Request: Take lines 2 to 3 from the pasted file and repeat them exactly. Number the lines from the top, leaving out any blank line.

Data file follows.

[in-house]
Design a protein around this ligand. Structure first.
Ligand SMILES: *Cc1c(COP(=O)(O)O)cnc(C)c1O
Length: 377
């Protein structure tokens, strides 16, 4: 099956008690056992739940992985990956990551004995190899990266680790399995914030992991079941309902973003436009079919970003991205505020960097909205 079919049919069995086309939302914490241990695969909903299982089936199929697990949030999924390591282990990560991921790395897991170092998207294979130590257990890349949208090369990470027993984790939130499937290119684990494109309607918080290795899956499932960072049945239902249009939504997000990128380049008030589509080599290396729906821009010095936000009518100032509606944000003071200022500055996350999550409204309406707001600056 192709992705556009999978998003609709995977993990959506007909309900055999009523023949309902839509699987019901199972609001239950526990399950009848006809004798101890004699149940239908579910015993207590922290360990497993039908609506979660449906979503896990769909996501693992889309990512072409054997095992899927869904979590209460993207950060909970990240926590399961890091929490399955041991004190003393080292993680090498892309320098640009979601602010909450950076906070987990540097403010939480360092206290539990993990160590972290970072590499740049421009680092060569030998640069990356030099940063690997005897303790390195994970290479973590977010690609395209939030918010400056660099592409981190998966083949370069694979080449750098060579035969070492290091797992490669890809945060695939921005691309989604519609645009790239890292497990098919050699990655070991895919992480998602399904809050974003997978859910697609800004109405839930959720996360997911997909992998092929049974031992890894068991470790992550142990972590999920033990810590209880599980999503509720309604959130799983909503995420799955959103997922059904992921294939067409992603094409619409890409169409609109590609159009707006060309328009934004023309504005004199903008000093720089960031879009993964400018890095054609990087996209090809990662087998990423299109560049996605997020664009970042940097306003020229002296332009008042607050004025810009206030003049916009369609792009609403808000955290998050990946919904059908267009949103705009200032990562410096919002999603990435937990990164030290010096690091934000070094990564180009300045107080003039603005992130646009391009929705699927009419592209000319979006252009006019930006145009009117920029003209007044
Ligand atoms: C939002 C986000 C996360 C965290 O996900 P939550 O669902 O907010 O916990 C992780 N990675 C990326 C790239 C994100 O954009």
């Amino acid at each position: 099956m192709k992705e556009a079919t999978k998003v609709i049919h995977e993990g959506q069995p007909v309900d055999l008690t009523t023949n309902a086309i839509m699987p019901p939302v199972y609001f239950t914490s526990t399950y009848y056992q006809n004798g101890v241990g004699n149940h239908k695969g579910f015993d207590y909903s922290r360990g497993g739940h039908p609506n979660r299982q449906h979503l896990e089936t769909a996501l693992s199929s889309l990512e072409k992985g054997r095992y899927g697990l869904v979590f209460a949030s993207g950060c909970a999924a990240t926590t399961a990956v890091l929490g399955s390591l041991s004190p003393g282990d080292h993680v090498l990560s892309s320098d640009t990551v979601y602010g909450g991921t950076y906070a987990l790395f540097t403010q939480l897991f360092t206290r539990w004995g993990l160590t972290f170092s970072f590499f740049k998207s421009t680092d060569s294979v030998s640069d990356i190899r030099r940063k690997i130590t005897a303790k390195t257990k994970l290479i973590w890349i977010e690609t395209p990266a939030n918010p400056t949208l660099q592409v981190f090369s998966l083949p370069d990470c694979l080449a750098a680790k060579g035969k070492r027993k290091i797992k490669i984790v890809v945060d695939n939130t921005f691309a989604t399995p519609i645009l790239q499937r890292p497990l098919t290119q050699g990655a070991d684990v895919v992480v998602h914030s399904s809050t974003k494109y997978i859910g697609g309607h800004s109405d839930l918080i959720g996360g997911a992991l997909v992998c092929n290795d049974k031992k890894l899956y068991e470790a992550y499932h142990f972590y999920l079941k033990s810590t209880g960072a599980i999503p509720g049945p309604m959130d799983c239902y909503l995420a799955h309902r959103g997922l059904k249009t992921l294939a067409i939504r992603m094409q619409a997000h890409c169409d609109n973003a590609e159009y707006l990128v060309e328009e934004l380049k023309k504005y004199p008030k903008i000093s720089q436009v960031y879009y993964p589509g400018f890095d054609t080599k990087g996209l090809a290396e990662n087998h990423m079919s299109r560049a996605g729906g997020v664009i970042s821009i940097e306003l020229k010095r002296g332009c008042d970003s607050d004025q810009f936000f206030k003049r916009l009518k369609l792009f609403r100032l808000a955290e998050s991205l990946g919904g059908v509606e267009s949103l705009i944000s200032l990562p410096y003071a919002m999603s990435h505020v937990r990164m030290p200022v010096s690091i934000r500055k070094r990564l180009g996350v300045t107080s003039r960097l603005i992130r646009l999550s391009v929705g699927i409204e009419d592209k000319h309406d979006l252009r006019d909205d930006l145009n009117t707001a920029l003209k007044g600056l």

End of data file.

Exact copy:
Design a protein around this ligand. Structure first.
Ligand SMILES: *Cc1c(COP(=O)(O)O)cnc(C)c1O